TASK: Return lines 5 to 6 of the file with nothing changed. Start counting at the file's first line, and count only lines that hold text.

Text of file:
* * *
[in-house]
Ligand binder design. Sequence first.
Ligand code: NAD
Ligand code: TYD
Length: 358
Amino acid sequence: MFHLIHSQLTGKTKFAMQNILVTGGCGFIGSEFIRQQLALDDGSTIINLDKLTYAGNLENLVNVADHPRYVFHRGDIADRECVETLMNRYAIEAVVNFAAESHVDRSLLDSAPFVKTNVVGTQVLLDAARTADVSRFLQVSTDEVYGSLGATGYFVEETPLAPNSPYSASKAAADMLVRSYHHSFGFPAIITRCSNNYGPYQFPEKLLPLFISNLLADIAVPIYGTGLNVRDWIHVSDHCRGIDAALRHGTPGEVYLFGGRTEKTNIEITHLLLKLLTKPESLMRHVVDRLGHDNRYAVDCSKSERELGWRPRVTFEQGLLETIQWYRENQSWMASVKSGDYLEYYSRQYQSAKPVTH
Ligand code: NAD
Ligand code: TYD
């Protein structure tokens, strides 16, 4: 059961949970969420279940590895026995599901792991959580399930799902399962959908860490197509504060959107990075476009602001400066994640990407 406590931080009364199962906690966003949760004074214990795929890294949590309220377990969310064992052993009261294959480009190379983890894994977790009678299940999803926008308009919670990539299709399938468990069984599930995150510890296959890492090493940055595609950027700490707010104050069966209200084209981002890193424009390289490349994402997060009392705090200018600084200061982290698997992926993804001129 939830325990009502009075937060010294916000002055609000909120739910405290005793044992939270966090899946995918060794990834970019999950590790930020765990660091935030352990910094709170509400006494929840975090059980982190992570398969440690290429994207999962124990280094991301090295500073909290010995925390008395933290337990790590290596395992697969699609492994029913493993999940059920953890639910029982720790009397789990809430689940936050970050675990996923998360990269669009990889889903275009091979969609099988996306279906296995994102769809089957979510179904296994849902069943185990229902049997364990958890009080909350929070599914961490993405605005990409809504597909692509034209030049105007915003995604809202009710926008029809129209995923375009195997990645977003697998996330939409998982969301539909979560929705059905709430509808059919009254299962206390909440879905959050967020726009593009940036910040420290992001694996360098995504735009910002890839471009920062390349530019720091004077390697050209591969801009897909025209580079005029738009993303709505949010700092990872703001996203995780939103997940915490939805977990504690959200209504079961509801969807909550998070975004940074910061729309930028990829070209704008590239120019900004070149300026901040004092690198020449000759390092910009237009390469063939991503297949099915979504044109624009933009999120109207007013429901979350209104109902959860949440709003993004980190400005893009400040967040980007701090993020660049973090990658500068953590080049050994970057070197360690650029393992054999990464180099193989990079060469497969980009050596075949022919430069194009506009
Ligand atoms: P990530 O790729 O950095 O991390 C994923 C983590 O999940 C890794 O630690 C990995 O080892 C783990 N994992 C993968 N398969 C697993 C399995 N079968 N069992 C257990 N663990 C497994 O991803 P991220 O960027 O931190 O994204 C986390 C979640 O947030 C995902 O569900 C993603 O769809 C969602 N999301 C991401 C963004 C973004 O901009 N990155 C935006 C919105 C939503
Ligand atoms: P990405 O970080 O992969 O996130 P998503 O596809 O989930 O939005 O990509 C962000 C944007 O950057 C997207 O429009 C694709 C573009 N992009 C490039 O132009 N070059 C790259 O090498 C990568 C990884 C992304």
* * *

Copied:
Length: 358
Amino acid sequence: MFHLIHSQLTGKTKFAMQNILVTGGCGFIGSEFIRQQLALDDGSTIINLDKLTYAGNLENLVNVADHPRYVFHRGDIADRECVETLMNRYAIEAVVNFAAESHVDRSLLDSAPFVKTNVVGTQVLLDAARTADVSRFLQVSTDEVYGSLGATGYFVEETPLAPNSPYSASKAAADMLVRSYHHSFGFPAIITRCSNNYGPYQFPEKLLPLFISNLLADIAVPIYGTGLNVRDWIHVSDHCRGIDAALRHGTPGEVYLFGGRTEKTNIEITHLLLKLLTKPESLMRHVVDRLGHDNRYAVDCSKSERELGWRPRVTFEQGLLETIQWYRENQSWMASVKSGDYLEYYSRQYQSAKPVTH